Every time you fire up your web browser your movements and browser history are being leaked to various websites. No, I am not talking about cookies, but about a technology that you may not have heard much about. It is called canvas fingerprinting.
In this post, I will tell you what it does and how you can try to stop it from happening. Beware that the journey to do this isn’t easy.
HTML Canvas has been around for several years, and website builders are getting savvy about how to use it to detect who you are. In the early days of the web, tracking cookies were used to figure out if you had previously visited a particular website. They were small text files that were written to your hard drive. But canvas fingerprinting is more insidious because there is no tracking information that is left behind on your computer: everything is stored in the cloud. What is worse is that your fingerprint can be shared across a variety of other websites without your knowledge. And it is very hard once to eliminate this information, once you start using your browser and spreading yourself around the Internet. Even if you bring up a private or incognito browsing session, you still are dribbling out this kind of data.
How big an issue is canvas fingerprinting? In a study done by Ghostery after the 2018 midterm elections, they found trackers on 87% on a large sample of candidate websites. There were 9% of sites having more than 11 different trackers present. Google and Facebook trackers appeared on more than half of the websites and Twitter-based trackers appeared on a third of the candidate webpages.
So what can you do to fight this? You have several options
- Make modifications to your browser settings to make yourself more private. The problem with this is that the mods are numerous and keeping track of them is onerous.This post gives you a bunch of FIrefox suggestions.
- Use a different browser that gives you more control over your privacy, such as Brave, or even Tor. In that linked post I mention the usability tradeoffs of using a different browser and you will have to expend some effort to tune it to your particular needs. I tolerated Brave for about two days before I went back to using Chrome. It just broke too many things to be useful.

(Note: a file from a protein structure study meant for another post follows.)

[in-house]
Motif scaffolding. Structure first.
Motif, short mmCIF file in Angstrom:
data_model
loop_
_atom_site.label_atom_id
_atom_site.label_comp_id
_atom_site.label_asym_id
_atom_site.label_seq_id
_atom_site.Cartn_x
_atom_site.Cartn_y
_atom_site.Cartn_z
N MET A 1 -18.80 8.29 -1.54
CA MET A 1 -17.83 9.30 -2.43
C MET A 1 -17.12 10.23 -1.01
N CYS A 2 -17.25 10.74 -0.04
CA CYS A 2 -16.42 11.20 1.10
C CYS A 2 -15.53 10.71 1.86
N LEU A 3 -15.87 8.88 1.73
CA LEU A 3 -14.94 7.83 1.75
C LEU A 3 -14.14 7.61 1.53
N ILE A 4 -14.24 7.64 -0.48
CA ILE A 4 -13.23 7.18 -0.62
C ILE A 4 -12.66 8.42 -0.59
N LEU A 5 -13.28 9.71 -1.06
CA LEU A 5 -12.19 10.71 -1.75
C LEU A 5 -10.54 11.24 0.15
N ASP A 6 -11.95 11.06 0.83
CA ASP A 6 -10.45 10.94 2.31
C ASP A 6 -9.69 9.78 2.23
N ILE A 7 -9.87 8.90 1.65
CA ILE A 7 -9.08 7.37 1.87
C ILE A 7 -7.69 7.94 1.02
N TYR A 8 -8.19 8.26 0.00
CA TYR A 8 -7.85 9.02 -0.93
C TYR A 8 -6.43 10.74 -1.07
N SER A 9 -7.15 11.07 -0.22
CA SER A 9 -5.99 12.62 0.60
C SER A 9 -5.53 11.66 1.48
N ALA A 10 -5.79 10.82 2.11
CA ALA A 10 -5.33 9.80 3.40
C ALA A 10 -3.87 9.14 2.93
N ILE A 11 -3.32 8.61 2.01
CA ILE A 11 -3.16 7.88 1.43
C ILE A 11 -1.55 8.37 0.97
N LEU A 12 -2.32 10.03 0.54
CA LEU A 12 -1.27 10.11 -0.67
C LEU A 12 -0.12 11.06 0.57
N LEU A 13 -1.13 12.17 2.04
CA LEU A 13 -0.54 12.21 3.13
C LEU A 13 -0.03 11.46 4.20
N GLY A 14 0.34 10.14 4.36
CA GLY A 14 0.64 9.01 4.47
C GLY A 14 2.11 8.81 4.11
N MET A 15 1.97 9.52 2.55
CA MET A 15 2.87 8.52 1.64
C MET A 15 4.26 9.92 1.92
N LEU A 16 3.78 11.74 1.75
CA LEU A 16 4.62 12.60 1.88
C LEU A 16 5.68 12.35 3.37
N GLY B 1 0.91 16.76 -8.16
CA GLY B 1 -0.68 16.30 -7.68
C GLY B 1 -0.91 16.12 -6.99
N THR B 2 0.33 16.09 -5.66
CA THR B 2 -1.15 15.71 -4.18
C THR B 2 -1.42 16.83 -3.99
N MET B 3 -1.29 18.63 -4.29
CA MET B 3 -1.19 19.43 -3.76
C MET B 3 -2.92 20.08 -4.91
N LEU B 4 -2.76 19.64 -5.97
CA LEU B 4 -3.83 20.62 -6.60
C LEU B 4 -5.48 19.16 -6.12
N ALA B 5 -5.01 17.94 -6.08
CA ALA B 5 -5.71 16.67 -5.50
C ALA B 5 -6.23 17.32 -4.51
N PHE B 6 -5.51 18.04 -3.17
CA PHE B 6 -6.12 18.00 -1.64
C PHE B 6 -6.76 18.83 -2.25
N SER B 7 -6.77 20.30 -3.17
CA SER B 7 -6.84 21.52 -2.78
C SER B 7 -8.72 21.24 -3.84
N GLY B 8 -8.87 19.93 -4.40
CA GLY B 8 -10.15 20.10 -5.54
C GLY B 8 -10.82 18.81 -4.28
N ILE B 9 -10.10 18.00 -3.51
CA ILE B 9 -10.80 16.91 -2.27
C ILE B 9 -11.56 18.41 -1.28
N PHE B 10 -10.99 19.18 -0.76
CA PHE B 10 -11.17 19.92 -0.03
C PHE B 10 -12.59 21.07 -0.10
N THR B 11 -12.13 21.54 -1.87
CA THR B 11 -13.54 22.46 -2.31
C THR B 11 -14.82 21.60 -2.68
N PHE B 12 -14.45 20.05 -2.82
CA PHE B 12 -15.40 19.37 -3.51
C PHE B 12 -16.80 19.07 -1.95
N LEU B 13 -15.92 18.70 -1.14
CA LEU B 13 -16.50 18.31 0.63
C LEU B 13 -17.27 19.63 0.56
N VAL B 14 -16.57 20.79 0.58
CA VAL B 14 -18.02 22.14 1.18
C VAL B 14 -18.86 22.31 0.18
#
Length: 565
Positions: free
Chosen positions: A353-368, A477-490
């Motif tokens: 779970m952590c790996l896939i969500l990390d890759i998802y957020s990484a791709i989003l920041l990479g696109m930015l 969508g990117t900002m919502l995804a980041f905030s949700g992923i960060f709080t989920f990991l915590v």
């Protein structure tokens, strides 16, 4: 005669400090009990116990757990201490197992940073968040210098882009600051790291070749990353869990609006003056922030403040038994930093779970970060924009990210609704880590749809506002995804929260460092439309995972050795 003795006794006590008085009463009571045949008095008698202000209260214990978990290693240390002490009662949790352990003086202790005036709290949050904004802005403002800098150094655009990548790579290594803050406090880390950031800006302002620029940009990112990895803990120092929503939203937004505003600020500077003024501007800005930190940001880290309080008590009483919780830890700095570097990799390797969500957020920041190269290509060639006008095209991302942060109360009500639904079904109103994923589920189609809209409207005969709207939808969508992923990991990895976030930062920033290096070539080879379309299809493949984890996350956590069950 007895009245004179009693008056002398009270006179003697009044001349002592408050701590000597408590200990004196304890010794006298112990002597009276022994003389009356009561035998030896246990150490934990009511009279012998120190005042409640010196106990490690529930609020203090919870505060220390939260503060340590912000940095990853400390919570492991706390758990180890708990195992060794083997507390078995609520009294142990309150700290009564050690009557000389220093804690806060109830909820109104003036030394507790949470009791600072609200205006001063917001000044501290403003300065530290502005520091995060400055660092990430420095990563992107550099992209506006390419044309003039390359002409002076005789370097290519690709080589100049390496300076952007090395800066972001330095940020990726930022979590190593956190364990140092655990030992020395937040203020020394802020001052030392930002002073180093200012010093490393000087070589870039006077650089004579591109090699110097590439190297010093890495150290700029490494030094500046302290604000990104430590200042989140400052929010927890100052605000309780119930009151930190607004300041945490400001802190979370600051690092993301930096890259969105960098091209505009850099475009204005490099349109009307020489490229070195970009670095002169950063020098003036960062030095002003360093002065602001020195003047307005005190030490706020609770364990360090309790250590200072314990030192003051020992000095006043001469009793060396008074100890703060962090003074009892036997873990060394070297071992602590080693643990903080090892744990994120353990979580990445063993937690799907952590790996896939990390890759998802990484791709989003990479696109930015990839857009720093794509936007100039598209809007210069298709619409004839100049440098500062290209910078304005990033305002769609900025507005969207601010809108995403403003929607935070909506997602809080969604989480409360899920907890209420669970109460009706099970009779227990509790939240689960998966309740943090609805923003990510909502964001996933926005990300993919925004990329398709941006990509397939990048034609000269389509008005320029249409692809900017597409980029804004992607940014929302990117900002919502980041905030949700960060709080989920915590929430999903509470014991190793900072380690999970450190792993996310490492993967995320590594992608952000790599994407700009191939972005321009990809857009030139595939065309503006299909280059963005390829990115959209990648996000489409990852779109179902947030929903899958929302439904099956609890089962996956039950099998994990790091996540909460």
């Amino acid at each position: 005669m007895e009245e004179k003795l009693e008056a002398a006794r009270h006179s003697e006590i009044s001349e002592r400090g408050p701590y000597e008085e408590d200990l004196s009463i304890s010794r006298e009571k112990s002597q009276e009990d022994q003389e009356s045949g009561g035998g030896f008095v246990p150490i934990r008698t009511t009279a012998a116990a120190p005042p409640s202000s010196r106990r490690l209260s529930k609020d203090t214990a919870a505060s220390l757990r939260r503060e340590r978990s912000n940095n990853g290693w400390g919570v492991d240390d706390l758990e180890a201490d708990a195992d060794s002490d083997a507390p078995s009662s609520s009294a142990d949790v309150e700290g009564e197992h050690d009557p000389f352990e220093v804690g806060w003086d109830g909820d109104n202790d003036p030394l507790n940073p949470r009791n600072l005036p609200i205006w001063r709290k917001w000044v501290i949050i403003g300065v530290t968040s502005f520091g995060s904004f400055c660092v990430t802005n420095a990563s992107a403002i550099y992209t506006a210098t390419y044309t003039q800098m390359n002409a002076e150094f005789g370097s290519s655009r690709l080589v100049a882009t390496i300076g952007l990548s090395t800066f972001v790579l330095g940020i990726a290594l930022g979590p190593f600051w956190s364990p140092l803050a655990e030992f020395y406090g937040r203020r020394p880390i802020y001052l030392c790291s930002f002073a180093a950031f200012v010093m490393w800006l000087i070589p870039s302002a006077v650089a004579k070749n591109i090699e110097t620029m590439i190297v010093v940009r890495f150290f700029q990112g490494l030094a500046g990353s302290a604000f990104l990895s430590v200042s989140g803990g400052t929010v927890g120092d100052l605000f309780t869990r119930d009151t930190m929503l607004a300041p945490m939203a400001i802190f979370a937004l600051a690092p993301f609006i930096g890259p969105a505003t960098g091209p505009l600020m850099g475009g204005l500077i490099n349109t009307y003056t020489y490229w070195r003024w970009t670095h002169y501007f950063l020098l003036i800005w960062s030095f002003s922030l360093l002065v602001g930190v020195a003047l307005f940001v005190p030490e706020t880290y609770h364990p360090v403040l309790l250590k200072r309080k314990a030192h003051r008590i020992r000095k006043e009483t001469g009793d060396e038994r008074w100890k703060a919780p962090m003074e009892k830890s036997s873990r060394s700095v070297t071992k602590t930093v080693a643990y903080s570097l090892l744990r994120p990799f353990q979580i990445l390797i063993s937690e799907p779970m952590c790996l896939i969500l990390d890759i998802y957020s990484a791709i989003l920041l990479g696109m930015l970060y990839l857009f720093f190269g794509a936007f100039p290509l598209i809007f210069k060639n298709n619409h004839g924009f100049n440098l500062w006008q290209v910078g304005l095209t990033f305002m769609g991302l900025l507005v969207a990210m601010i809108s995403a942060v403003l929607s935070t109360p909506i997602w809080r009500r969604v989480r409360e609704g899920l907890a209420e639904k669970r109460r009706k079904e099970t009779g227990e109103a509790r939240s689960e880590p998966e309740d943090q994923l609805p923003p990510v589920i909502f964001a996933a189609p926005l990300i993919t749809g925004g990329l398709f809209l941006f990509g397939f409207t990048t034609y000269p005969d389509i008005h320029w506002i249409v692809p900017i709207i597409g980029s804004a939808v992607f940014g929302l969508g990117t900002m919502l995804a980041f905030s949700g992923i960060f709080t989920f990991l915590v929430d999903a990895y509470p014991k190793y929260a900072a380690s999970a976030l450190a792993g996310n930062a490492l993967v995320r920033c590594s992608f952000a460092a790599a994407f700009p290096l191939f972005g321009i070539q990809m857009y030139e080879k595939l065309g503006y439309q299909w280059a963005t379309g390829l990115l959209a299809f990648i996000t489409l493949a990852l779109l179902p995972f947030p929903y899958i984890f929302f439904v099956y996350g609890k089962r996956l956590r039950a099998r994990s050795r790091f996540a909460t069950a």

- Install a browser extension or additional software, such as PrivacyBadger, Ghostery or Avast’s AntiTrack. I have already written about the first two in a previous post. AntiTrack is a stand-alone $50 per year Windows or MacOS app that works with your browser and hides your digital fingerprint — including tracking clues from your browser canvas — without breaking too much functionality or having to tweak the browser settings. I just started using it (Avast is a client) and am still taking notes about its use.
- Only run your browser in a virtual machine. This is cumbersome at best, and almost unusable for ordinary humans. Still, it can be a good solution for some circumstances.
- Adopt a more cautious browsing lifestyle. This might be the best middle ground between absolute lockdown and burying your head in the sand. Here are a few suggestions:
- First, see what your HTML Canvas reveals about your configuration so you can get a better understanding of what data is collected about you. There are a number of tools that can be used to analyze your fingerprint, including:
Each of these tools collects a slightly different boatload of data, and you can easily spend several hours learning more about what web servers can find out about you.
- Next, assume that every website that you interact with will use a variety of tracking and fingerprinting technologies.
- Always use a VPN. While a VPN won’t stop websites from fingerprinting your canvas, at least your IP address and geolocation will be hidden.
- Finally, limit your web browsing on your mobile devices if at all possible. Your mobile is a treasure trove of all sorts of information about you, and even if you are using any of the more private browsers you still can leak this to third parties.